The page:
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Task 4 (index)






Plants at working places


It has been shown through studies that plants at working places improve the indoor air quality by reducing the levels of VOCs. But at the same time, they also improve productivity by up to 12% according to some studies. They reduce the absenteeism and the staff turnover cost. Besides they are likely to improve health and well-being of the workers.




1) Productivity and indoor plants


A study in The Netherlands in 2001, has involved 250 employees separated into two groups : a control group, without plants and a test group with plants. The researchers found that :

                             - the test group rated well-being more favourably than the control group

                             - the same applied to the ratings for the quality of the working area

                             - the differences that were found were more explicit for the group of employees who work more than 4 hours a day in front of a computer screen

                             - their productivity improved, especially in terms of efficiency

                             - the strongest link was found with those working at computer terminals in the experimental group, particularly for quality of the working environment and well-being

                              - loss of concentration dropped, that is to say concentration improved in the test group

                              - no findings with regard to any significant improvement in health

In that way, indoor plants were found to be beneficial for the productivity at work.


2) Health and well-being and indoor plants

In 1993, a Swedish study concluded that if office personnel could view greenery through their office windows, significantly stress was reported during the working day, compared with office workers who had views to non-vegetated areas, such as streets and parking lots.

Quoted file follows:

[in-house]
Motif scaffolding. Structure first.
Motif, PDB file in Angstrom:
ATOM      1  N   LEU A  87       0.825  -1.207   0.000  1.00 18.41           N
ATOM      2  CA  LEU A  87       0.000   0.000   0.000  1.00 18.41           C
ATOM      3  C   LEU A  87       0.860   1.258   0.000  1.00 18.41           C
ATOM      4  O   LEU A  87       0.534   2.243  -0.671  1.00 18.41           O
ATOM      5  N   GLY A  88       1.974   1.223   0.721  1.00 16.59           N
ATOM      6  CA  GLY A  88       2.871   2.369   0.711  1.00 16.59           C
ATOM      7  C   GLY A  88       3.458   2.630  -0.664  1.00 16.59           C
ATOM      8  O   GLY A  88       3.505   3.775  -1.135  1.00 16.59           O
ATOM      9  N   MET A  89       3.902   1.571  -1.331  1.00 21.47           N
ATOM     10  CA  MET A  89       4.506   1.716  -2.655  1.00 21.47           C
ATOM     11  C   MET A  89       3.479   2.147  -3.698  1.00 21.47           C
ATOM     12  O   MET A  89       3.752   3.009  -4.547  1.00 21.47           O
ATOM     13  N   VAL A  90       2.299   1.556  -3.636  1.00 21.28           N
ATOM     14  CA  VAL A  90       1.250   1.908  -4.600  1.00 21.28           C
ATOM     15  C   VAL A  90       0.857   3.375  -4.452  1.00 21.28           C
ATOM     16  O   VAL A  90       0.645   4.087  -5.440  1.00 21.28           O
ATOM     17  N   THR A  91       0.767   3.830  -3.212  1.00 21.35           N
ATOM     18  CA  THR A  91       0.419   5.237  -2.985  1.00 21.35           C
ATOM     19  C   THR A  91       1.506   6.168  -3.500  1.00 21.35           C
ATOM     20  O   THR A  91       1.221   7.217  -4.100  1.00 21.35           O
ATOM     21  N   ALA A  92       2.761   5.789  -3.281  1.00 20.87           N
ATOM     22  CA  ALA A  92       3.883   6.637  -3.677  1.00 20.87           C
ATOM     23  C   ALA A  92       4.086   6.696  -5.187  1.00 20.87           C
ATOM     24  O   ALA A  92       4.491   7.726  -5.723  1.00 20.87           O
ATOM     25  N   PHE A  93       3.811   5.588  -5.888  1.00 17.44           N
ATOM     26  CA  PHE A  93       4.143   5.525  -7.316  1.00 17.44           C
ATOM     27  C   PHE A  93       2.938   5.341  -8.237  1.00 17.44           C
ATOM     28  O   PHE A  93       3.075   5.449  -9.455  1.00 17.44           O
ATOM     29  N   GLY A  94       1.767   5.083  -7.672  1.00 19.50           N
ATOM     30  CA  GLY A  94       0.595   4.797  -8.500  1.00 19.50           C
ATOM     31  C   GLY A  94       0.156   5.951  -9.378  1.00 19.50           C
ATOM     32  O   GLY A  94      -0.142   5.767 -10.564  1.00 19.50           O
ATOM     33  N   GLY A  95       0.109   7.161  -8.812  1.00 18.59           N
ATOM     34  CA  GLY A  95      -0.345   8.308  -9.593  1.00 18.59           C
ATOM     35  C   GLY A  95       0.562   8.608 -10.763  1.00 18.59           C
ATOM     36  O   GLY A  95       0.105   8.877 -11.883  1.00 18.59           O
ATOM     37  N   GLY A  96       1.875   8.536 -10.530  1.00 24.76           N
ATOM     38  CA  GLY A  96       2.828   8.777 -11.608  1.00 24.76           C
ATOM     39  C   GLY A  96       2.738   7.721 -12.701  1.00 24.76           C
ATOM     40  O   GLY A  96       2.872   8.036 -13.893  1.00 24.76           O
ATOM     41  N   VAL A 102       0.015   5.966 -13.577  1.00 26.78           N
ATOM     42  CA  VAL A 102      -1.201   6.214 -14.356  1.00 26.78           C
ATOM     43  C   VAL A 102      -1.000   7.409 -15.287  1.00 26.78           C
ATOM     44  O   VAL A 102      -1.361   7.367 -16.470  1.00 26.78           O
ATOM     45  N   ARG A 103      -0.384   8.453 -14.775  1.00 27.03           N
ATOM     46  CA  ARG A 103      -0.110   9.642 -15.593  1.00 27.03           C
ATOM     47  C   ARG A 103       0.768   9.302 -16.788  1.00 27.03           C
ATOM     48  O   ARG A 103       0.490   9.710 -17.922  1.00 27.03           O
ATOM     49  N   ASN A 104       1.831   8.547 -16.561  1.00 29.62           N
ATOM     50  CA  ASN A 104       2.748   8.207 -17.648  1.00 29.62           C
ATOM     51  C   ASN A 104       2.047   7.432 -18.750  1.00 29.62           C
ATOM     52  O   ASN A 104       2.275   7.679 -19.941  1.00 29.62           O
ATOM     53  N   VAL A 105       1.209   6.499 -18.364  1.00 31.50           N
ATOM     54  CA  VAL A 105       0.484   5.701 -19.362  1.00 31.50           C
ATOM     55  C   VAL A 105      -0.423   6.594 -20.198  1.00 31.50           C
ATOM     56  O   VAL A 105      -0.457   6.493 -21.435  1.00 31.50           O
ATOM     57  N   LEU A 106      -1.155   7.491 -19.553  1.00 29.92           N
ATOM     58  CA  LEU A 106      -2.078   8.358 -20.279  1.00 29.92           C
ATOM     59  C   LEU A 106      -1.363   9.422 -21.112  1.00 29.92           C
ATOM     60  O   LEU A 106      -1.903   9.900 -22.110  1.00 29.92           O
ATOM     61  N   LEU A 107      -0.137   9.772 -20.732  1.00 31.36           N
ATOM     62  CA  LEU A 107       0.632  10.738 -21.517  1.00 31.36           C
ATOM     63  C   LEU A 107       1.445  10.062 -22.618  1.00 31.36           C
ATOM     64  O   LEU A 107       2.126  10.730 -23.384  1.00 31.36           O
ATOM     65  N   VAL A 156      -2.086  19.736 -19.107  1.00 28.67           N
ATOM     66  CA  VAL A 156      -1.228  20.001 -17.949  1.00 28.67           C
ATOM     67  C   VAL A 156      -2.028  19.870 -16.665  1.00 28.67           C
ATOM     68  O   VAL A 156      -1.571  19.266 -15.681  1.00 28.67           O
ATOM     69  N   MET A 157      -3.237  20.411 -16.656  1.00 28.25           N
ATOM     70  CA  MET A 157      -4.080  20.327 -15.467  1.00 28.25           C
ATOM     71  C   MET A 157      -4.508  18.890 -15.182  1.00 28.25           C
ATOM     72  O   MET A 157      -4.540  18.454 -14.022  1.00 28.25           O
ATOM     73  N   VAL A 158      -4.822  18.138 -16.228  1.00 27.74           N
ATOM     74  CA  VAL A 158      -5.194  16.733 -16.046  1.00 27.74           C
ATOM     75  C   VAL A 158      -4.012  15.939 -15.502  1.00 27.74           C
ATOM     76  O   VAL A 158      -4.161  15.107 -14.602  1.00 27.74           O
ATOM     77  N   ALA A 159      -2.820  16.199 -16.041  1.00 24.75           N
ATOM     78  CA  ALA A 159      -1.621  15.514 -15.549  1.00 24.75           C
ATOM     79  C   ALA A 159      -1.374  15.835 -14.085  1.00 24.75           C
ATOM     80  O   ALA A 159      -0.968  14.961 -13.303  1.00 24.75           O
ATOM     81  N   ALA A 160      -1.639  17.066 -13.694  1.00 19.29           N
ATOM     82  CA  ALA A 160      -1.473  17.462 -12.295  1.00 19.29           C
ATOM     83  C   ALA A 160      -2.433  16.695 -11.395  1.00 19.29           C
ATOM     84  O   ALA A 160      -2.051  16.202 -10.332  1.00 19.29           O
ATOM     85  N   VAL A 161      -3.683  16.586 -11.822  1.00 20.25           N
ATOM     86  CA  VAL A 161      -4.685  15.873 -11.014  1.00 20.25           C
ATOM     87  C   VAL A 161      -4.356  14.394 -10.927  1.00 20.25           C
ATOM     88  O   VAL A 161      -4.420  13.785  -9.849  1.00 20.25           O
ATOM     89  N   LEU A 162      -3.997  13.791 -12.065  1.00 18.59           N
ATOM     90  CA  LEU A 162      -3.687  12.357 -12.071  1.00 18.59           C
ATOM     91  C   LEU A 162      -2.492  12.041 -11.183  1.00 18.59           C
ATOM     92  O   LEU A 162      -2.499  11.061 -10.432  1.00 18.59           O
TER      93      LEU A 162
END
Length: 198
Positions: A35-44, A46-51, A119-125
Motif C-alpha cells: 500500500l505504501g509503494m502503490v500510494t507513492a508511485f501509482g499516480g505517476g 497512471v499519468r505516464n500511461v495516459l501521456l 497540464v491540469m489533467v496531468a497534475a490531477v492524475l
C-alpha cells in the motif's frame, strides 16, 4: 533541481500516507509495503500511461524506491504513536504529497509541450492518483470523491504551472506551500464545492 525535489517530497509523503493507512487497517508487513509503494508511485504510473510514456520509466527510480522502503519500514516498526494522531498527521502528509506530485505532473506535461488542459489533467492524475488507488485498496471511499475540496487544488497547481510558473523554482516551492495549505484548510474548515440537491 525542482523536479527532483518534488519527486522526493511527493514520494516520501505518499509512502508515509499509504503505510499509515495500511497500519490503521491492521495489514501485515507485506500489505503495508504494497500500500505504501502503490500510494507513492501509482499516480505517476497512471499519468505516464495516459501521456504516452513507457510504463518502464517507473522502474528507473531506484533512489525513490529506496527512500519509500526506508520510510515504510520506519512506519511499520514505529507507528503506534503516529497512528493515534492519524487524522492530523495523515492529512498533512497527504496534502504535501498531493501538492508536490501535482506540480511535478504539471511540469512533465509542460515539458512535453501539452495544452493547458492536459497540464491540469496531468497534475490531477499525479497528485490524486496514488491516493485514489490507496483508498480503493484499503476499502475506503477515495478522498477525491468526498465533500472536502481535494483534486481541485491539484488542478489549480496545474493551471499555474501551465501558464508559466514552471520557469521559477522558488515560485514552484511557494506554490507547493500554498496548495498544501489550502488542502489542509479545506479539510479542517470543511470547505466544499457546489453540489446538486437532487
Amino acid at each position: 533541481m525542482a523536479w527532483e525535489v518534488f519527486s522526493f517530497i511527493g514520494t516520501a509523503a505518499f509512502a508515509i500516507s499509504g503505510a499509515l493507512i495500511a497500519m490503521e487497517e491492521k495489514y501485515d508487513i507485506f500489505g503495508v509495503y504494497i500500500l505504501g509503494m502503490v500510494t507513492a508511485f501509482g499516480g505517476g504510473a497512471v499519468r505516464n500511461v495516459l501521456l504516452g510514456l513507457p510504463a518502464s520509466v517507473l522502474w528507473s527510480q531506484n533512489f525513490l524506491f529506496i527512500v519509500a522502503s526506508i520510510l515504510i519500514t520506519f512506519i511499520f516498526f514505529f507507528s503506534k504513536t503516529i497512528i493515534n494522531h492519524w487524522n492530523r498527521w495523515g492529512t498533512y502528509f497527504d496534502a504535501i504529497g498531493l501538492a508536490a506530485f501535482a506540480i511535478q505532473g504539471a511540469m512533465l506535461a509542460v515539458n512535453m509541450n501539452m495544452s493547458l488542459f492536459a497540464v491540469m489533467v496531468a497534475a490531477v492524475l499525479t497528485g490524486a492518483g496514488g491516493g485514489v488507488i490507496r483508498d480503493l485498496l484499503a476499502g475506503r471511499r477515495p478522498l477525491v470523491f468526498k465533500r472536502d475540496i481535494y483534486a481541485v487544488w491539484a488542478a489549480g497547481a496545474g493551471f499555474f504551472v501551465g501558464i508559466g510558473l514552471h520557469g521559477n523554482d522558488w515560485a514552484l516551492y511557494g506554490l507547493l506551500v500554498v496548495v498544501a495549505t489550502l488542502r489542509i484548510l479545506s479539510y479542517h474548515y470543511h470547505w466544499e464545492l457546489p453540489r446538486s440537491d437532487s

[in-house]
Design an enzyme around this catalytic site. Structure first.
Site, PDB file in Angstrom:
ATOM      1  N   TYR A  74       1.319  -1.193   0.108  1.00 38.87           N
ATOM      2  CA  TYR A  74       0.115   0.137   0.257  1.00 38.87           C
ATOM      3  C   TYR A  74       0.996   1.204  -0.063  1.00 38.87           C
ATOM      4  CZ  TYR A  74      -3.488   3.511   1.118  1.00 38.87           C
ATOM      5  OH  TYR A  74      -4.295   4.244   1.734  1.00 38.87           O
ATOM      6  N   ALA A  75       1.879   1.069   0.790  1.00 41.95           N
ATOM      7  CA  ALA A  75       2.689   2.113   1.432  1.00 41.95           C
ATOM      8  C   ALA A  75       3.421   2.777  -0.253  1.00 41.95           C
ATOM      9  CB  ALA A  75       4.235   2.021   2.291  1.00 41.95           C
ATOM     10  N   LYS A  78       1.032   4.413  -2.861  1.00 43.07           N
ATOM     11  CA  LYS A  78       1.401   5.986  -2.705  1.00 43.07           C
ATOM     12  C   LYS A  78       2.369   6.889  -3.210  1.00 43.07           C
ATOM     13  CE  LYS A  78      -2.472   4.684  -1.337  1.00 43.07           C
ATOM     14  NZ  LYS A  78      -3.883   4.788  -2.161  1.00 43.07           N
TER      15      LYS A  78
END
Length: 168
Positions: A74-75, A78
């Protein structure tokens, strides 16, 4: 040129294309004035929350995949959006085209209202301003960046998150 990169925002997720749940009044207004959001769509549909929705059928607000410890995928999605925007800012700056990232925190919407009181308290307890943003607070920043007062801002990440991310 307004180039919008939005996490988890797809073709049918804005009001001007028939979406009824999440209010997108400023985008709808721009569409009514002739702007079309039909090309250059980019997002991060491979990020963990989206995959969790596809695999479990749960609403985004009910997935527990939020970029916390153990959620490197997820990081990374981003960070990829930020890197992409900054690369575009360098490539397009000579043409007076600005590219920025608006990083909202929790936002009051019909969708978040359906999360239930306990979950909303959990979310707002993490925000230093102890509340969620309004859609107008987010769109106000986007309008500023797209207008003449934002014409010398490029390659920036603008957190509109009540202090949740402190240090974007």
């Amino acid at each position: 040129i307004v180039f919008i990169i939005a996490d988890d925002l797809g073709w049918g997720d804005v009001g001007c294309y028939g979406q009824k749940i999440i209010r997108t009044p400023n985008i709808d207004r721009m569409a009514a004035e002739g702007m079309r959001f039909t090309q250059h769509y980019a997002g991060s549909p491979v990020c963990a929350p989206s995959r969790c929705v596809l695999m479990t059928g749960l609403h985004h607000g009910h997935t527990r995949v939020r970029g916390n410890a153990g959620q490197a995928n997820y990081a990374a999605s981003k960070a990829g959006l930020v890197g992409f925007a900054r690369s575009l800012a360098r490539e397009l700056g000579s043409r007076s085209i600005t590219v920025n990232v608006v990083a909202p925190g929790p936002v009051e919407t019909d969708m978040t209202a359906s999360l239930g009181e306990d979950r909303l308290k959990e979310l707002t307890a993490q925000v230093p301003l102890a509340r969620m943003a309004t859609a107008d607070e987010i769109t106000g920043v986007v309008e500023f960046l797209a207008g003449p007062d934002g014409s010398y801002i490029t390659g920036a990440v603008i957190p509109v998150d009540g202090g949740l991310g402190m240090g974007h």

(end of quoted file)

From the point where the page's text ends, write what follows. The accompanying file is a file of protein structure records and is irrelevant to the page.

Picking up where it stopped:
In an other research carried out in 1998 in Norway, 51 offices were tested over two three-month periods. This study evaluated the effects of indoor plants on health and well-being of occupants, finding significant reductions in incidence of symptoms such as coughing (37%), fatigue (30%), dry/hoarse throat and dry or itching facial skins (23%). 

There was also a study of personnel working in a hospital radiology department. A 25% decrease in complaints was observed after the introduction of indoor foliage plants and full-spectrum lighting. Significant effects were observed especially for headache (45%), feeling heavy-headed (33%), fatigue (32%), dry, hoarse throat (22%) and dry/itching skin on hands (21%). But there were no changes observed in the concentration of fungal spores due to the introduction of plants and improved lighting. Besides, the radiology department director reported that "short-term absence due to illness decreased from a usual 15% to 5% during the experimental period, and with the plants remaining in the room this decreased rate has persisted for 5 years.

In the same way, a Norwegian study conducted in 12 school classrooms in 1999, found : 21% less health and discomfort complaints among pupils ; significantly reduced complaints regarding fatigue, feeling heavy-headed and dry, itching or irritated eyes ; higher level of satisfaction regarding the perception of the visual environment of the classroom ; no difference in the number of mould spores in the indoor air between intervened and control rooms ; lower sickness absence among junior high school pupils ; 35% lower concentration of Total Volatile Organic Compounds (TVOC) in indoor air.

Thus, by absorbing some chemical pollutants of the indoor air, house plants can improve effectively the well-being and also the health of the occupants of the room.







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Started by NIRAS supervisor Sergio Fox on 27th March 2006.


NIRAS - Aurélie